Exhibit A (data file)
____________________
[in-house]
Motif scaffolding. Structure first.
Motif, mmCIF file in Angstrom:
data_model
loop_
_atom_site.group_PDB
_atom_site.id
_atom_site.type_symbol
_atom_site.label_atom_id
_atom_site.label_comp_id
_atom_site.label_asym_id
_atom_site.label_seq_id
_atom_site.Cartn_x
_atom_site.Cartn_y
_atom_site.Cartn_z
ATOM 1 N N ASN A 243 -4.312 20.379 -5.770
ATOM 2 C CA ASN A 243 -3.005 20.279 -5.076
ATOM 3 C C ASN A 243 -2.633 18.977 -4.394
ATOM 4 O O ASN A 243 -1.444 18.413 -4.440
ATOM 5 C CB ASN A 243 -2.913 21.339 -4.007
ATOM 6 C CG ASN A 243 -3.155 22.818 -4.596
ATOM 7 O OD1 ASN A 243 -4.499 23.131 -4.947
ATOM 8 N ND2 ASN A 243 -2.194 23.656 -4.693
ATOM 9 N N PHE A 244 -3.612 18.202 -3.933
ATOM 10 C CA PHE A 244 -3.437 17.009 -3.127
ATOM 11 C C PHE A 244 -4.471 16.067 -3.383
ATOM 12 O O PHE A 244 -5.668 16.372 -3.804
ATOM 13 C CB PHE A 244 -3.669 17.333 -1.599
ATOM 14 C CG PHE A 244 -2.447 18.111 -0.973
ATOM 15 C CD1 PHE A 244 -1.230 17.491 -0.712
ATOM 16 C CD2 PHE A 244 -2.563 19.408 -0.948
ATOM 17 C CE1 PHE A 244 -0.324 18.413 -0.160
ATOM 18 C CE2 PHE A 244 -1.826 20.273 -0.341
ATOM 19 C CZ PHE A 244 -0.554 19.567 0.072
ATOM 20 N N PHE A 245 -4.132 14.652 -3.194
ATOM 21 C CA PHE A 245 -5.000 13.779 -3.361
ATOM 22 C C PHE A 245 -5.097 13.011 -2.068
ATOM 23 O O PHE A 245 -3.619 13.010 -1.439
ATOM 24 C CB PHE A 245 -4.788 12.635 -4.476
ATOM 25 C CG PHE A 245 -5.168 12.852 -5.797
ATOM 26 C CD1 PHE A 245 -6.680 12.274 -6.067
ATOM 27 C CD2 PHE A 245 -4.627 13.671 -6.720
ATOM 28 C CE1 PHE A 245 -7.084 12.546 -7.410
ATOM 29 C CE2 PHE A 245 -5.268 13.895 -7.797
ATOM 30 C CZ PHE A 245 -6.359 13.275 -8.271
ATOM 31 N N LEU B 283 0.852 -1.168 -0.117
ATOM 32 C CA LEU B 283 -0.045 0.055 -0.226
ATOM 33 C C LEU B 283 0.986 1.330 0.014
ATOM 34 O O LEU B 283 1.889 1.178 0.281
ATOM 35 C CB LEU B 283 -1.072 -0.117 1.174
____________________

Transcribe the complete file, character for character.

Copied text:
[in-house]
Motif scaffolding. Structure first.
Motif, mmCIF file in Angstrom:
data_model
loop_
_atom_site.group_PDB
_atom_site.id
_atom_site.type_symbol
_atom_site.label_atom_id
_atom_site.label_comp_id
_atom_site.label_asym_id
_atom_site.label_seq_id
_atom_site.Cartn_x
_atom_site.Cartn_y
_atom_site.Cartn_z
ATOM 1 N N ASN A 243 -4.312 20.379 -5.770
ATOM 2 C CA ASN A 243 -3.005 20.279 -5.076
ATOM 3 C C ASN A 243 -2.633 18.977 -4.394
ATOM 4 O O ASN A 243 -1.444 18.413 -4.440
ATOM 5 C CB ASN A 243 -2.913 21.339 -4.007
ATOM 6 C CG ASN A 243 -3.155 22.818 -4.596
ATOM 7 O OD1 ASN A 243 -4.499 23.131 -4.947
ATOM 8 N ND2 ASN A 243 -2.194 23.656 -4.693
ATOM 9 N N PHE A 244 -3.612 18.202 -3.933
ATOM 10 C CA PHE A 244 -3.437 17.009 -3.127
ATOM 11 C C PHE A 244 -4.471 16.067 -3.383
ATOM 12 O O PHE A 244 -5.668 16.372 -3.804
ATOM 13 C CB PHE A 244 -3.669 17.333 -1.599
ATOM 14 C CG PHE A 244 -2.447 18.111 -0.973
ATOM 15 C CD1 PHE A 244 -1.230 17.491 -0.712
ATOM 16 C CD2 PHE A 244 -2.563 19.408 -0.948
ATOM 17 C CE1 PHE A 244 -0.324 18.413 -0.160
ATOM 18 C CE2 PHE A 244 -1.826 20.273 -0.341
ATOM 19 C CZ PHE A 244 -0.554 19.567 0.072
ATOM 20 N N PHE A 245 -4.132 14.652 -3.194
ATOM 21 C CA PHE A 245 -5.000 13.779 -3.361
ATOM 22 C C PHE A 245 -5.097 13.011 -2.068
ATOM 23 O O PHE A 245 -3.619 13.010 -1.439
ATOM 24 C CB PHE A 245 -4.788 12.635 -4.476
ATOM 25 C CG PHE A 245 -5.168 12.852 -5.797
ATOM 26 C CD1 PHE A 245 -6.680 12.274 -6.067
ATOM 27 C CD2 PHE A 245 -4.627 13.671 -6.720
ATOM 28 C CE1 PHE A 245 -7.084 12.546 -7.410
ATOM 29 C CE2 PHE A 245 -5.268 13.895 -7.797
ATOM 30 C CZ PHE A 245 -6.359 13.275 -8.271
ATOM 31 N N LEU B 283 0.852 -1.168 -0.117
ATOM 32 C CA LEU B 283 -0.045 0.055 -0.226
ATOM 33 C C LEU B 283 0.986 1.330 0.014
ATOM 34 O O LEU B 283 1.889 1.178 0.281
ATOM 35 C CB LEU B 283 -1.072 -0.117 1.174